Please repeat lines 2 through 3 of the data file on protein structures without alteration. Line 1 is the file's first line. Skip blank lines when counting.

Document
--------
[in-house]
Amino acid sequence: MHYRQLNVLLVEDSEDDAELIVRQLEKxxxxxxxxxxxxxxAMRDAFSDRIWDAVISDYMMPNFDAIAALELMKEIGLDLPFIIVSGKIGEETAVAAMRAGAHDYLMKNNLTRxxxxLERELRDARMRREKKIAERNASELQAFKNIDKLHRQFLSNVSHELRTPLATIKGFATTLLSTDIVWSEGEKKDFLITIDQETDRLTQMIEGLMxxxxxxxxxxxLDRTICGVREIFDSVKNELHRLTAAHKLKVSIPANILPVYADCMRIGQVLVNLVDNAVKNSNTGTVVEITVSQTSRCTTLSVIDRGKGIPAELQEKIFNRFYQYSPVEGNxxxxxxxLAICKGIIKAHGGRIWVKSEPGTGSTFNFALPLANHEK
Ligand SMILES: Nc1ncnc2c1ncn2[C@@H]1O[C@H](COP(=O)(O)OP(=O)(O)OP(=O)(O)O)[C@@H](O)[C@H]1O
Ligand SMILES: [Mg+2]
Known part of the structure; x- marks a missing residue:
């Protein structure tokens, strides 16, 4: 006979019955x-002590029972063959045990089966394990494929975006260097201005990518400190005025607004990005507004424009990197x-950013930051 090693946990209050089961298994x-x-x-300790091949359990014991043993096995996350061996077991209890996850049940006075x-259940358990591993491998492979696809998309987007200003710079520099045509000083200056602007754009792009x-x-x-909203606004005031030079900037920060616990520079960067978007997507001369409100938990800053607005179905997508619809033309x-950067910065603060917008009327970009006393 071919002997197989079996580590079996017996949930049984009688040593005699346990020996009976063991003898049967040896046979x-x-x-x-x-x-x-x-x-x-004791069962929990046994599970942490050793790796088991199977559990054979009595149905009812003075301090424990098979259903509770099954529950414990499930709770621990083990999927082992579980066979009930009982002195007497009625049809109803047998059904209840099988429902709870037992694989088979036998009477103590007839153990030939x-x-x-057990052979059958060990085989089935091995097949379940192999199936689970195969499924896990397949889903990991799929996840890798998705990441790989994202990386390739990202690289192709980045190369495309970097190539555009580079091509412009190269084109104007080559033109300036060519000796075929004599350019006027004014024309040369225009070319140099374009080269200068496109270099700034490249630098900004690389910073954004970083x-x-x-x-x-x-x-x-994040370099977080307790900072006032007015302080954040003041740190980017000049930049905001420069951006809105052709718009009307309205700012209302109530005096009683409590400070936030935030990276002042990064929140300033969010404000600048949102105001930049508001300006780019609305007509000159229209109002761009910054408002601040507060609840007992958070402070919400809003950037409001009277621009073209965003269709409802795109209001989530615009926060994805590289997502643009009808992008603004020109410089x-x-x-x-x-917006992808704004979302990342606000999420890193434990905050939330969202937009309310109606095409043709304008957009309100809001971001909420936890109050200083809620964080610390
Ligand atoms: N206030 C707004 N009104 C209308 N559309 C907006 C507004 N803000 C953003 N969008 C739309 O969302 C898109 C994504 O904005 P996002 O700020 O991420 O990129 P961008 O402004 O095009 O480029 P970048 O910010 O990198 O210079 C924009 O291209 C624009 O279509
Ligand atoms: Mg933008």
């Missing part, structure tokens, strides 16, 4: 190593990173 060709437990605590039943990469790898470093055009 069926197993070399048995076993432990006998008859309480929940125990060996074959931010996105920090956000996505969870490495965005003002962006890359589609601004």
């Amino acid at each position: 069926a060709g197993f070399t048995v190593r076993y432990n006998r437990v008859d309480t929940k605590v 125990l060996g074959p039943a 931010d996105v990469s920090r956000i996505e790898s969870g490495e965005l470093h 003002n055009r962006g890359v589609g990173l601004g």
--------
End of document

Amino acid sequence: MHYRQLNVLLVEDSEDDAELIVRQLEKxxxxxxxxxxxxxxAMRDAFSDRIWDAVISDYMMPNFDAIAALELMKEIGLDLPFIIVSGKIGEETAVAAMRAGAHDYLMKNNLTRxxxxLERELRDARMRREKKIAERNASELQAFKNIDKLHRQFLSNVSHELRTPLATIKGFATTLLSTDIVWSEGEKKDFLITIDQETDRLTQMIEGLMxxxxxxxxxxxLDRTICGVREIFDSVKNELHRLTAAHKLKVSIPANILPVYADCMRIGQVLVNLVDNAVKNSNTGTVVEITVSQTSRCTTLSVIDRGKGIPAELQEKIFNRFYQYSPVEGNxxxxxxxLAICKGIIKAHGGRIWVKSEPGTGSTFNFALPLANHEK
Ligand SMILES: Nc1ncnc2c1ncn2[C@@H]1O[C@H](COP(=O)(O)OP(=O)(O)OP(=O)(O)O)[C@@H](O)[C@H]1O